9. https://theathletic.com/754206/2019/01/07/where-things-stand-what-we-know-about-falcons-offensive-coordinator-search/ Where things stand, what we know about Falcons' offensive... Jason Butt 8-10 minutes Seven days into the new year, there is still no reason for the Falcons to rush this offensive coordinator search. If the franchise wants to hire a high-quality candidate who believes in head coach Dan Quinn’s vision for the offense, the best course of action is to wait and see who becomes available during the coming weeks. And that has been the plan thus far. While the Falcons have spoken with a number of candidates already, it is evident there is no clear front-runner or favorite for the position at this time. On Thursday, Quinn said there wouldn’t be a timetable on the search, alluding to the fact that it could take some time to finally nail down the right candidate. He even noted he would like to speak to other candidates still coaching in the postseason. There are eight head coaching openings right now. Before the Falcons zero in on a short list for this position, those jobs need to be filled first. Generally, when one team hires a head coach, others soon follow suit. When that happens, a clearer picture of who will be available for Atlanta will emerge. In addition, the Falcons, much like they do with their player personnel, will seek the right fit for this coaching hire. Quinn wants to keep the same philosophy as previous seasons while offering a better balance between the run and the pass. For those following the search, it may seem frustrating that the process isn’t moving at a faster pace. But having let go of his three previous coordinators and deciding to take on defensive play-calling duties, Quinn is aware of just how important this hire will be — for the franchise as a whole and for his own future. Checking in on Kubiak While Denver blocked Atlanta from interviewing Gary Kubiak, which was first reported by ESPN’s Adam Schefter, there is still a chance Atlanta could get a crack at him in the end. This hinges on whoever the Broncos decide to hire as their next head coach. Kubiak wants to coach again but only as an offensive coordinator. Therefore, if the Broncos hire an offensive-minded head coach who wants to call plays or run a different scheme than Kubiak’s, general manager John Elway could reverse course and allow Kubiak out of his contract. Elway is basically playing it safe right now. He doesn’t want to lose Kubiak if he doesn’t have to. Clearly, the Falcons want the opportunity to speak with Kubiak if the opportunity presents itself. And there are many obvious reasons why the Falcons would love for Kubiak to run the offense. Throughout his career, Kubiak has been among the best at the zone-running scheme. His style would match Atlanta’s personnel. His commitment to the run game is something that is certainly enticing to a head coach like Quinn. The 2018 season marked the first time in four years that Atlanta didn’t run the ball at least 420 times. In 2017, the first for former Falcons offensive coordinator Steve Sarkisian, the Falcons ran the ball on 43.7 percent of their plays. This past season, the Falcons ran the ball only 34.8 percent of the time. With Kubiak, there isn’t a worry of whether he will remain committed to the run game. Kubiak also has had a knack for getting the most out of his offensive linemen, which was an underperforming group for Atlanta in 2018. Under Quinn, the Falcons’ offense has been at its best when the run game is going and the play-action pass can work off of it. Those happen to be Kubiak’s areas of strength. For Kubiak to work in Atlanta, Denver would first have to hire a head coach who prefers a different offensive scheme. If Elway hires someone like-minded to Kubiak, he more than likely will be Denver’s offensive coordinator. But if Denver goes a different route, it is believed that Elway could let Kubiak out of his contract to pursue coaching opportunities elsewhere. While the Falcons were blocked recently from speaking with Kubiak, they aren’t ruling him out as a possibility just yet. Another high-profile name to keep an eye on While the Falcons are willing to wait on Kubiak, there is another potential candidate to start monitoring. The Falcons would be interested in speaking with Adam Gase for their offensive coordinator position if he is unable to land a head coaching job. As of now, Green Bay and the New York Jets have expressed interest in the former Miami head coach who was fired shortly after the 2018 regular season ended. With that in mind, how often does someone fired following his first head coaching stint find a job elsewhere in the same role? Gase went 13-19 the past two years after going 10-6 in year one. But with eight head coach openings, perhaps another team thinks he will be a better fit than what he was in Miami. The Miami Herald did report that Gase had several verbal disputes with Dolphins owner Stephen Ross. One has to wonder how much this affects his head coaching candidacy with other teams. If Gase strikes out on a head coaching opportunity, look for the Falcons to enter the picture, especially if Kubiak stays put. When Gase was in Denver, he coached a potent offense that saw Peyton Manning throw for 5,477 yards and 55 touchdowns in 2013. It’s worth noting that the 2018 Dolphins ran the ball 44.9 percent of the time. Considering the skill position talent surrounding Matt Ryan, landing a brilliant offensive mind like Gase would be of intrigue to the organization. Regarding Koetter and Bevell One thing to keep in mind with this search is the scheme fit. Quinn wants a coordinator who will offer balance while maintaining a commitment to the run. This wouldn’t seem to favor Dirk Koetter, the former Tampa Bay head coach who was Atlanta’s offensive coordinator from 2012-14. Koetter’s run-to-pass ratio in Tampa Bay this past season was actually similar to Sarkisian’s, with the Bucs running the ball only 38.4 percent of the time. In 2017, Koetter’s offense ran the ball 39.1 percent of the time. The closest to 50 percent the Bucs got under Koetter was in 2016 when his offense ran the ball 43.9 percent of the time. When Koetter was in Atlanta, his offenses ran the ball 38.1 percent of the time in 2012, 32.8 percent of the time in 2013 and 37.1 percent of the time in 2014. Within the Falcons’ organization, Koetter is not considered the favorite or front-runner for the job. In addition, conventional wisdom would suggest that if Koetter was, or is, the leader for Atlanta’s position, he would have been hired after his recent interview. When it comes to Darrell Bevell, one of the first names linked to the job, he has great familiarity with what Quinn wants to run. While Bevell eventually was fired by Seattle in 2017, he had some success — the final offensive play of Super Bowl XLIX notwithstanding — in the two years he and Quinn worked together on Pete Carroll’s staff. In 2014, Bevell’s offense ran the ball 53.6 percent of the time. In 2013, Seattle ran the ball 54.8 percent of the time. While teams are passing more than ever in the NFL, Bevell would seem to be the safer option when it comes to offensive balance as a play-caller. On Mularkey Early on, the Falcons spoke with Mike Mularkey, which was initially reported as an interview for the offensive coordinator job. According to a source, however, the Falcons were not considering Mularkey for this job. Instead, the Falcons were interested in speaking to Mularkey about a non-coordinator assistant coaching job. It is worth noting that Mularkey has prior experience as an NFL tight ends coach, which is a position Atlanta has open after firing Wade Harman. That isn’t to say Mularkey interviewed for a specific role. But he isn’t being considered to be Atlanta’s offensive coordinator.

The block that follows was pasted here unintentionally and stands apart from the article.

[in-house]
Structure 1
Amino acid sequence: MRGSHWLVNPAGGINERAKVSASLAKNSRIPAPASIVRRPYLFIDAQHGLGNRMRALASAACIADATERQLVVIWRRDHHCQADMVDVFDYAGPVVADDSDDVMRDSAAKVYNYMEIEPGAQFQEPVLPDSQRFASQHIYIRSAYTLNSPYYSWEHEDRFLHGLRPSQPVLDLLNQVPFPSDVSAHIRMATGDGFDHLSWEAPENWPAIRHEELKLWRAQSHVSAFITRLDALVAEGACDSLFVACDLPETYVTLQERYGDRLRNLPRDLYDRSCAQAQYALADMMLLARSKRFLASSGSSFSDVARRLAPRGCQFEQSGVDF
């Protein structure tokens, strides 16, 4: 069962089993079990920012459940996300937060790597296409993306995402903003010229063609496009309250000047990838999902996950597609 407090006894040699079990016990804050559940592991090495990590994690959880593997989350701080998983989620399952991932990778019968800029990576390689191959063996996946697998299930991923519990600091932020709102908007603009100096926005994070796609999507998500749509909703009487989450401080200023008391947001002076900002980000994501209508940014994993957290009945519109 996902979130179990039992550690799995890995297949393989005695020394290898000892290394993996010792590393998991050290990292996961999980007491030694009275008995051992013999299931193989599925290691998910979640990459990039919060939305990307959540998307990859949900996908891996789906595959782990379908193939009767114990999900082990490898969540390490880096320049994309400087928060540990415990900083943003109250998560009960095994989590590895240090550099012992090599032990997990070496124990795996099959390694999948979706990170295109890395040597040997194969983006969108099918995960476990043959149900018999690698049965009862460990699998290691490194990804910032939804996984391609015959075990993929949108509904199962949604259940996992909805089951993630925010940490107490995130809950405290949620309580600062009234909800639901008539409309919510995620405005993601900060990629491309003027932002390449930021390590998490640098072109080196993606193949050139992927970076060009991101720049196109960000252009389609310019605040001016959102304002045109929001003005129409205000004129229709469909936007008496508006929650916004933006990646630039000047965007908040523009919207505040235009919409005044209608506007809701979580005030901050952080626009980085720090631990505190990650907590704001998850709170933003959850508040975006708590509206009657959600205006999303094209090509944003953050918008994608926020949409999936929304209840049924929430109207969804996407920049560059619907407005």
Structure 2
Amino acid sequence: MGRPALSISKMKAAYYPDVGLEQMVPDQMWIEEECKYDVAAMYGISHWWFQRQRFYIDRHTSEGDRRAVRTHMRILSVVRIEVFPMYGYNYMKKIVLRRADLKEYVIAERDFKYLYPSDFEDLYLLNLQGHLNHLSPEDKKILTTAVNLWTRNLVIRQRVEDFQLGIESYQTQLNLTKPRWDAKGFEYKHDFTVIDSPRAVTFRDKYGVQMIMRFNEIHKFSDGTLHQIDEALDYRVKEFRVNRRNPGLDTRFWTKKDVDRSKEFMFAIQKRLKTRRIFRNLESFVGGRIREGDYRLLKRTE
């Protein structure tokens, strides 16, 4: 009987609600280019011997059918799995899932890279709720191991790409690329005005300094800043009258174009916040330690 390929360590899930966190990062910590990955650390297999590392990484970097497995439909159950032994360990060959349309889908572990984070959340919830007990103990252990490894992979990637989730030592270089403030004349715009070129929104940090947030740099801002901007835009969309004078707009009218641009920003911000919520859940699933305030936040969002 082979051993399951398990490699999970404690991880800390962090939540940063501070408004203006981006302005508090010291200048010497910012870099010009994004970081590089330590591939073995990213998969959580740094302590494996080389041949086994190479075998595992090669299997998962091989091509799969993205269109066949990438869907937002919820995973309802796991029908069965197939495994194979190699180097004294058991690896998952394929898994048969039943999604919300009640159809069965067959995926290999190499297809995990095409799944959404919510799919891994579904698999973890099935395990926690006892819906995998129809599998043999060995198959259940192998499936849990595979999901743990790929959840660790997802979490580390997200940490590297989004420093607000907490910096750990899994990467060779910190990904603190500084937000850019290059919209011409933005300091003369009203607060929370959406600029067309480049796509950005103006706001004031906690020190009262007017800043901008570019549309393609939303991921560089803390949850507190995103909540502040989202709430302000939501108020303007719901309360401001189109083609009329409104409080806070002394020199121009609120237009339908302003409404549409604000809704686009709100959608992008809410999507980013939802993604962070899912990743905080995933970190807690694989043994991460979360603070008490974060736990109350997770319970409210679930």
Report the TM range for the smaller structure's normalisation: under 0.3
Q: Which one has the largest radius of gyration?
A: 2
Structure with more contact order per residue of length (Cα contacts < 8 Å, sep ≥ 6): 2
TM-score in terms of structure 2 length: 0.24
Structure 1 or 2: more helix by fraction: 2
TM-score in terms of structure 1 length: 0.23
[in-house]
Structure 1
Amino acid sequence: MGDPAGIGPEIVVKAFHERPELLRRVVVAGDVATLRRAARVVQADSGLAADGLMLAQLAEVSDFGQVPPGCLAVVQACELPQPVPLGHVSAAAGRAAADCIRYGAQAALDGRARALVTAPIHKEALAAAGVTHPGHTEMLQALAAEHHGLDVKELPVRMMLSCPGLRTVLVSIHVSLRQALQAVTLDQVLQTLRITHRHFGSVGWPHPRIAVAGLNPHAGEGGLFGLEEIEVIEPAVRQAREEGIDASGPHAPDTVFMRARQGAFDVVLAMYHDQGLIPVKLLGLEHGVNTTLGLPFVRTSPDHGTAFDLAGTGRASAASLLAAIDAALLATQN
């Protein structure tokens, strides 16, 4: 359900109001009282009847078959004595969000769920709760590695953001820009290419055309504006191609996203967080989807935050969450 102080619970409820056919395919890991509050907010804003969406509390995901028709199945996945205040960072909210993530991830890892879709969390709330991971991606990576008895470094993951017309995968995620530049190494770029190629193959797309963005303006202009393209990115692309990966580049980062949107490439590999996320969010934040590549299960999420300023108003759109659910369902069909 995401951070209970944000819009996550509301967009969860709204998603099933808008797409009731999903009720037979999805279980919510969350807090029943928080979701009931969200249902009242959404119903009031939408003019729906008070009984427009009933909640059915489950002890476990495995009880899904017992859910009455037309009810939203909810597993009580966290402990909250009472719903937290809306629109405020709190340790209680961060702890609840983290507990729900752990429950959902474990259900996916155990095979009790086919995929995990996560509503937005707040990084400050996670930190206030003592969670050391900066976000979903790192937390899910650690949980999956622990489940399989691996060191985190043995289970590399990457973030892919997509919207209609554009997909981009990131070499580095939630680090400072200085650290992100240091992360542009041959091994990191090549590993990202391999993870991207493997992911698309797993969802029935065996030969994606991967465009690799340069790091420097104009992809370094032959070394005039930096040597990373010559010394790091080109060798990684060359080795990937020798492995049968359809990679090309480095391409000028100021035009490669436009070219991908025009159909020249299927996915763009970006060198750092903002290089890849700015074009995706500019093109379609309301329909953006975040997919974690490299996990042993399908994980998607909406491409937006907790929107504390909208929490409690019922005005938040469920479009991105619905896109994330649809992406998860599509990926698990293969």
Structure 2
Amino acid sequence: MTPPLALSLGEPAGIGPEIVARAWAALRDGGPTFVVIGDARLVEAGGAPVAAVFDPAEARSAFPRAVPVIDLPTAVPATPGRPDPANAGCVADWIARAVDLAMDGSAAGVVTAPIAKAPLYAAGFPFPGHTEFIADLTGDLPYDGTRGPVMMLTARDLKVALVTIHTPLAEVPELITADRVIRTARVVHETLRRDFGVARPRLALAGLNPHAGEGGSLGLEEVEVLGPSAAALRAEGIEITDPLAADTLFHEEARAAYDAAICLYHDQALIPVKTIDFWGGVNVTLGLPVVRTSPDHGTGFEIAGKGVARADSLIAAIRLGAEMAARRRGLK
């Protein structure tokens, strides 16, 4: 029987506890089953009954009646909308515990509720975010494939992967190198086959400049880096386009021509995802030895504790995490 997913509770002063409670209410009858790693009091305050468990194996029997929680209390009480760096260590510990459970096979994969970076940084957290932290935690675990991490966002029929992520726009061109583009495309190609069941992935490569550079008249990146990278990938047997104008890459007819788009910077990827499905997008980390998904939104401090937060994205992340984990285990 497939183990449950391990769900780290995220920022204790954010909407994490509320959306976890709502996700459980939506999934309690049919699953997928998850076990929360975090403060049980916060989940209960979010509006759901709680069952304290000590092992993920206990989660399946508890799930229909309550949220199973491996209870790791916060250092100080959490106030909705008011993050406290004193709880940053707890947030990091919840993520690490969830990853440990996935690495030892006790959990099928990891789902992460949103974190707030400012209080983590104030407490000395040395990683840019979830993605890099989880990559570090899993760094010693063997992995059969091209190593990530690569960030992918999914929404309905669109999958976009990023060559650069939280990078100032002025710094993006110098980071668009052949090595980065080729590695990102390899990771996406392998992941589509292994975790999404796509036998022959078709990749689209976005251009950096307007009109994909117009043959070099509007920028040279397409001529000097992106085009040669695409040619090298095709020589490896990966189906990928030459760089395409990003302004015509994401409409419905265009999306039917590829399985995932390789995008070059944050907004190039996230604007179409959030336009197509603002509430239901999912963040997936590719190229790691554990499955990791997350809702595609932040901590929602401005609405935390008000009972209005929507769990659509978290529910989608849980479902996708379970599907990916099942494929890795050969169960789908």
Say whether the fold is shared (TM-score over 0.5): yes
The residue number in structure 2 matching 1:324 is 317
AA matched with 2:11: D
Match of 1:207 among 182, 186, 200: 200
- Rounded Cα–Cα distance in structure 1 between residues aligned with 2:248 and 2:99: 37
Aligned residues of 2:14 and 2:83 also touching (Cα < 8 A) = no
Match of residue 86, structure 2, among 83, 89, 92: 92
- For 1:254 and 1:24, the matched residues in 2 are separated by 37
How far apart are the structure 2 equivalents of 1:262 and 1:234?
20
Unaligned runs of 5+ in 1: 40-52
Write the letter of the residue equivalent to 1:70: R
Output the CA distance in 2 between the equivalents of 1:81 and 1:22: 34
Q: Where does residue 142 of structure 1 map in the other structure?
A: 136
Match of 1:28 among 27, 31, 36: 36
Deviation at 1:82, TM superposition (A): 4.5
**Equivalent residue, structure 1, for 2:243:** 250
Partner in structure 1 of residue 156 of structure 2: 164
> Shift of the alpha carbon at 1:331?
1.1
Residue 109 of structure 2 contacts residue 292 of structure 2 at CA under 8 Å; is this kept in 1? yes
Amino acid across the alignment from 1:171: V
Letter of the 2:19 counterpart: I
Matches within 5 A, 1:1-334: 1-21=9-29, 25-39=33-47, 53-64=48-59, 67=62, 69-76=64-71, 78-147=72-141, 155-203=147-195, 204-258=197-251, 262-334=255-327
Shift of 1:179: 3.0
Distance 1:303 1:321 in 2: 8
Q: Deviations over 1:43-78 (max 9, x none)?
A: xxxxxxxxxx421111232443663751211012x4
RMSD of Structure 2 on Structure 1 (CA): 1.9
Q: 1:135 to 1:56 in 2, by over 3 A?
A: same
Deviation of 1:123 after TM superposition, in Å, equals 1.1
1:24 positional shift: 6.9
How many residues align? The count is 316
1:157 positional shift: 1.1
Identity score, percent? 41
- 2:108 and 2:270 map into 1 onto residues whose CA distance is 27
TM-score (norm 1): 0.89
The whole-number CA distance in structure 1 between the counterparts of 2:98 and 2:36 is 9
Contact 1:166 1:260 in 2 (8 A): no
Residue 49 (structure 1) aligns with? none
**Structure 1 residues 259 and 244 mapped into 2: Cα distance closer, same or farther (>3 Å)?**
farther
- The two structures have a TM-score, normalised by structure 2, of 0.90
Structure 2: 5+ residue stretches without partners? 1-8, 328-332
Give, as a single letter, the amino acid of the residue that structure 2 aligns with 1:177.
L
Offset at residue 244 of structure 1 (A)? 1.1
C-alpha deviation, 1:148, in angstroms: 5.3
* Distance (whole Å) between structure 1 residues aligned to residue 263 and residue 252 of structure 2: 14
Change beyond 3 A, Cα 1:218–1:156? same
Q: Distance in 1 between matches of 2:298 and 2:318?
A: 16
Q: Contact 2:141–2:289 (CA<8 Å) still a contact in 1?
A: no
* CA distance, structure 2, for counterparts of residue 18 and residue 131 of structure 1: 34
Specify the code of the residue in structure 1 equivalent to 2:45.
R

10. PriMe TiiMe correcting primetime